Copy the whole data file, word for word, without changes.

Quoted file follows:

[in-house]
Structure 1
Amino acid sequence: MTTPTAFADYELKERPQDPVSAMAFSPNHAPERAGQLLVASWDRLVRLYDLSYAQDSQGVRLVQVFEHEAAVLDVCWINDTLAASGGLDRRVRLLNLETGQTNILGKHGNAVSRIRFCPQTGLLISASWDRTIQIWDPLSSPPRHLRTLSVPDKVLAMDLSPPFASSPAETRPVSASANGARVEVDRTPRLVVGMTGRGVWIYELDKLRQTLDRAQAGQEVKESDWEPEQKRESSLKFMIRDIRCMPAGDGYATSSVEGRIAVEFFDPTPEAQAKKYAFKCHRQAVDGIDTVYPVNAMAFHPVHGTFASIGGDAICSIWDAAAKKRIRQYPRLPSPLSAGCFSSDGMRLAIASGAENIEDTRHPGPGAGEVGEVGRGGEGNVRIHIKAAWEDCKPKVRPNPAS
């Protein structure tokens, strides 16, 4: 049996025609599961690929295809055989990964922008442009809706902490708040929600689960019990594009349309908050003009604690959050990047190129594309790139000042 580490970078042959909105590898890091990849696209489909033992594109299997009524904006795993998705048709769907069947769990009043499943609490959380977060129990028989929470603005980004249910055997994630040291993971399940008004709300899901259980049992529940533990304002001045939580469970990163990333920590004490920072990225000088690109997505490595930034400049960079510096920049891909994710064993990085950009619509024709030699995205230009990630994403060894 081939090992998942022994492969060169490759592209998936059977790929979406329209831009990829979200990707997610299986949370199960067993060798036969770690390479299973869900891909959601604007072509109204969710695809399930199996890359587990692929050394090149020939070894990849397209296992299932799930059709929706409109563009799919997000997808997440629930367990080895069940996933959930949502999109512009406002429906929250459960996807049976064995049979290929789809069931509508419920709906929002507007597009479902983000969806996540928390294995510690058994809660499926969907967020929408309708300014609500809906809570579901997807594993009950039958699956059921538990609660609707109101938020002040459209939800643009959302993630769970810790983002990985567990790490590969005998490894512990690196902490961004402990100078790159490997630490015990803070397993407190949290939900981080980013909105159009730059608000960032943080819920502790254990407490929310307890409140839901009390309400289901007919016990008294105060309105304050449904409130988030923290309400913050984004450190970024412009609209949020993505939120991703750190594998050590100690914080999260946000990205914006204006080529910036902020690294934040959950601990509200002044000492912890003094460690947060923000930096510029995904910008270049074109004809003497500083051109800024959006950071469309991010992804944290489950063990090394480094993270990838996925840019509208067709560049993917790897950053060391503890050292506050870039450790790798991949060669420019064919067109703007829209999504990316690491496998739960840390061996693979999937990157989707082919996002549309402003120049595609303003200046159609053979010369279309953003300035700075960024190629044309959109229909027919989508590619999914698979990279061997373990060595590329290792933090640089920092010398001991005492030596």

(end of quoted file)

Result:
[in-house]
Structure 1
Amino acid sequence: MTTPTAFADYELKERPQDPVSAMAFSPNHAPERAGQLLVASWDRLVRLYDLSYAQDSQGVRLVQVFEHEAAVLDVCWINDTLAASGGLDRRVRLLNLETGQTNILGKHGNAVSRIRFCPQTGLLISASWDRTIQIWDPLSSPPRHLRTLSVPDKVLAMDLSPPFASSPAETRPVSASANGARVEVDRTPRLVVGMTGRGVWIYELDKLRQTLDRAQAGQEVKESDWEPEQKRESSLKFMIRDIRCMPAGDGYATSSVEGRIAVEFFDPTPEAQAKKYAFKCHRQAVDGIDTVYPVNAMAFHPVHGTFASIGGDAICSIWDAAAKKRIRQYPRLPSPLSAGCFSSDGMRLAIASGAENIEDTRHPGPGAGEVGEVGRGGEGNVRIHIKAAWEDCKPKVRPNPAS
């Protein structure tokens, strides 16, 4: 049996025609599961690929295809055989990964922008442009809706902490708040929600689960019990594009349309908050003009604690959050990047190129594309790139000042 580490970078042959909105590898890091990849696209489909033992594109299997009524904006795993998705048709769907069947769990009043499943609490959380977060129990028989929470603005980004249910055997994630040291993971399940008004709300899901259980049992529940533990304002001045939580469970990163990333920590004490920072990225000088690109997505490595930034400049960079510096920049891909994710064993990085950009619509024709030699995205230009990630994403060894 081939090992998942022994492969060169490759592209998936059977790929979406329209831009990829979200990707997610299986949370199960067993060798036969770690390479299973869900891909959601604007072509109204969710695809399930199996890359587990692929050394090149020939070894990849397209296992299932799930059709929706409109563009799919997000997808997440629930367990080895069940996933959930949502999109512009406002429906929250459960996807049976064995049979290929789809069931509508419920709906929002507007597009479902983000969806996540928390294995510690058994809660499926969907967020929408309708300014609500809906809570579901997807594993009950039958699956059921538990609660609707109101938020002040459209939800643009959302993630769970810790983002990985567990790490590969005998490894512990690196902490961004402990100078790159490997630490015990803070397993407190949290939900981080980013909105159009730059608000960032943080819920502790254990407490929310307890409140839901009390309400289901007919016990008294105060309105304050449904409130988030923290309400913050984004450190970024412009609209949020993505939120991703750190594998050590100690914080999260946000990205914006204006080529910036902020690294934040959950601990509200002044000492912890003094460690947060923000930096510029995904910008270049074109004809003497500083051109800024959006950071469309991010992804944290489950063990090394480094993270990838996925840019509208067709560049993917790897950053060391503890050292506050870039450790790798991949060669420019064919067109703007829209999504990316690491496998739960840390061996693979999937990157989707082919996002549309402003120049595609303003200046159609053979010369279309953003300035700075960024190629044309959109229909027919989508590619999914698979990279061997373990060595590329290792933090640089920092010398001991005492030596």